Sunday, November 15, 2009

"The instructional strategy of reinforcing effort enhances students' understanding of the relationship between effort and achievement by addressing their attitudes and beliefs about learning" (McREL, 2007). Students do not realize how important it is for them to look at their efforts and evaluate them. Reinforcing effort is as important as reinforcing behavior. The exercise that was discussed using a spreadsheet is something that I will be starting to set up for my students this week. I was in awe of how that could work in any grade that was taught. I currently am an inclusion EIP (early intervention program) teacher in a 4th grade classroom, and this is the most unmotivated group of children I have ever had to deal with. This teacher and I continuously find ourselves brainstorming to find out what to do next, what is going on....question after question after question.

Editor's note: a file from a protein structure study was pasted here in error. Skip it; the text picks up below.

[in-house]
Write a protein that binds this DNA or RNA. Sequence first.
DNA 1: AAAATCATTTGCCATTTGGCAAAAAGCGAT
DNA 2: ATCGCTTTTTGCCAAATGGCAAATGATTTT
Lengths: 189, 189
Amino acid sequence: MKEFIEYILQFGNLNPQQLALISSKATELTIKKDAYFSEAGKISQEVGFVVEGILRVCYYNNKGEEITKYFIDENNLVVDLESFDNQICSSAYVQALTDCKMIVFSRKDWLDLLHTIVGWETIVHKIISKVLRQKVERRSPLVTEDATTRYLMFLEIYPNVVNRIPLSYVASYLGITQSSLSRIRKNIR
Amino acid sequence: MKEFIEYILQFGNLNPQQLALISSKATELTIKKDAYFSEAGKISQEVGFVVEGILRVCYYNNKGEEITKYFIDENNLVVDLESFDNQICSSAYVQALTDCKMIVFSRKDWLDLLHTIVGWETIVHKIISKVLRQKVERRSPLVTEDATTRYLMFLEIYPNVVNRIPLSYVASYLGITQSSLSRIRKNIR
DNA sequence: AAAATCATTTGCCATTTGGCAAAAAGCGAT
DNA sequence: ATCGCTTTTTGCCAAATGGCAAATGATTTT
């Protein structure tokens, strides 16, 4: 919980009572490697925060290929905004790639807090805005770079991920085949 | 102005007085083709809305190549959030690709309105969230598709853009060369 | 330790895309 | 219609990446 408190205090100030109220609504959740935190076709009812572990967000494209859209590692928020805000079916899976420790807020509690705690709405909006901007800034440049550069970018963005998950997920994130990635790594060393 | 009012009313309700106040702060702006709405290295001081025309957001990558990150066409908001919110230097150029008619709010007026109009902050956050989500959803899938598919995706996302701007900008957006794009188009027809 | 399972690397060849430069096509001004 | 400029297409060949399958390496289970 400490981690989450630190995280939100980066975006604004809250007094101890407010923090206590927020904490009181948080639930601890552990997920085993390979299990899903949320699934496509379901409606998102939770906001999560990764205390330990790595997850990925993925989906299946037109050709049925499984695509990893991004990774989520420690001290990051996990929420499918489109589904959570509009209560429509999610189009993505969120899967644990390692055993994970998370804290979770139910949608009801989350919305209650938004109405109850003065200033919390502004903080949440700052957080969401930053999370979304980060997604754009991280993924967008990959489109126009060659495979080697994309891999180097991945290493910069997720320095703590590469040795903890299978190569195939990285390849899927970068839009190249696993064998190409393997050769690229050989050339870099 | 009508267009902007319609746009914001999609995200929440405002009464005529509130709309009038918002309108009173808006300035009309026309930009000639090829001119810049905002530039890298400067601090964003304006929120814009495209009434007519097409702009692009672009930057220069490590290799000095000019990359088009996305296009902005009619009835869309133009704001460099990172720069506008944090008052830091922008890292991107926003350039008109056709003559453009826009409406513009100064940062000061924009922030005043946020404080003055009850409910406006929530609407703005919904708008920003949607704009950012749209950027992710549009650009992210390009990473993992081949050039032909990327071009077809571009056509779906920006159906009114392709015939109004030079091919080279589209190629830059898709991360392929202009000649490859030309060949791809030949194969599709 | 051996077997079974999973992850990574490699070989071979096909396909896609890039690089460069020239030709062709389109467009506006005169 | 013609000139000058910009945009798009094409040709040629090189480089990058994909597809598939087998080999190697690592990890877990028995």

The section of the book that dealt with reinforcing effort is something that all too often teachers don't think about as often as they should. We get so caught up in teaching and making sure we cover the curriculum, that we forget to reward those that at least have made the effort to try, just may not have "succeeded." Unfortunately, we have to say that they didn't succeed based on test scores/grades, but we can't say that they succeeded if they have bad scores even if their effort was outstanding. Which sounds a little backwards, but I have to say that it's hard to teach students about the importance of effort, if the effort doesn't bring the success and good scores. I see the defeatist attitude quite a bit in the classroom that I am in, and when that is the attitude in half of the class, it's very hard to change the beliefs and make a connection between effort and achievement. Behaviorist learning theory is reinforcing the positive behavior and not the punishment and that goes hand in hand with the reinforcing effort section of this book.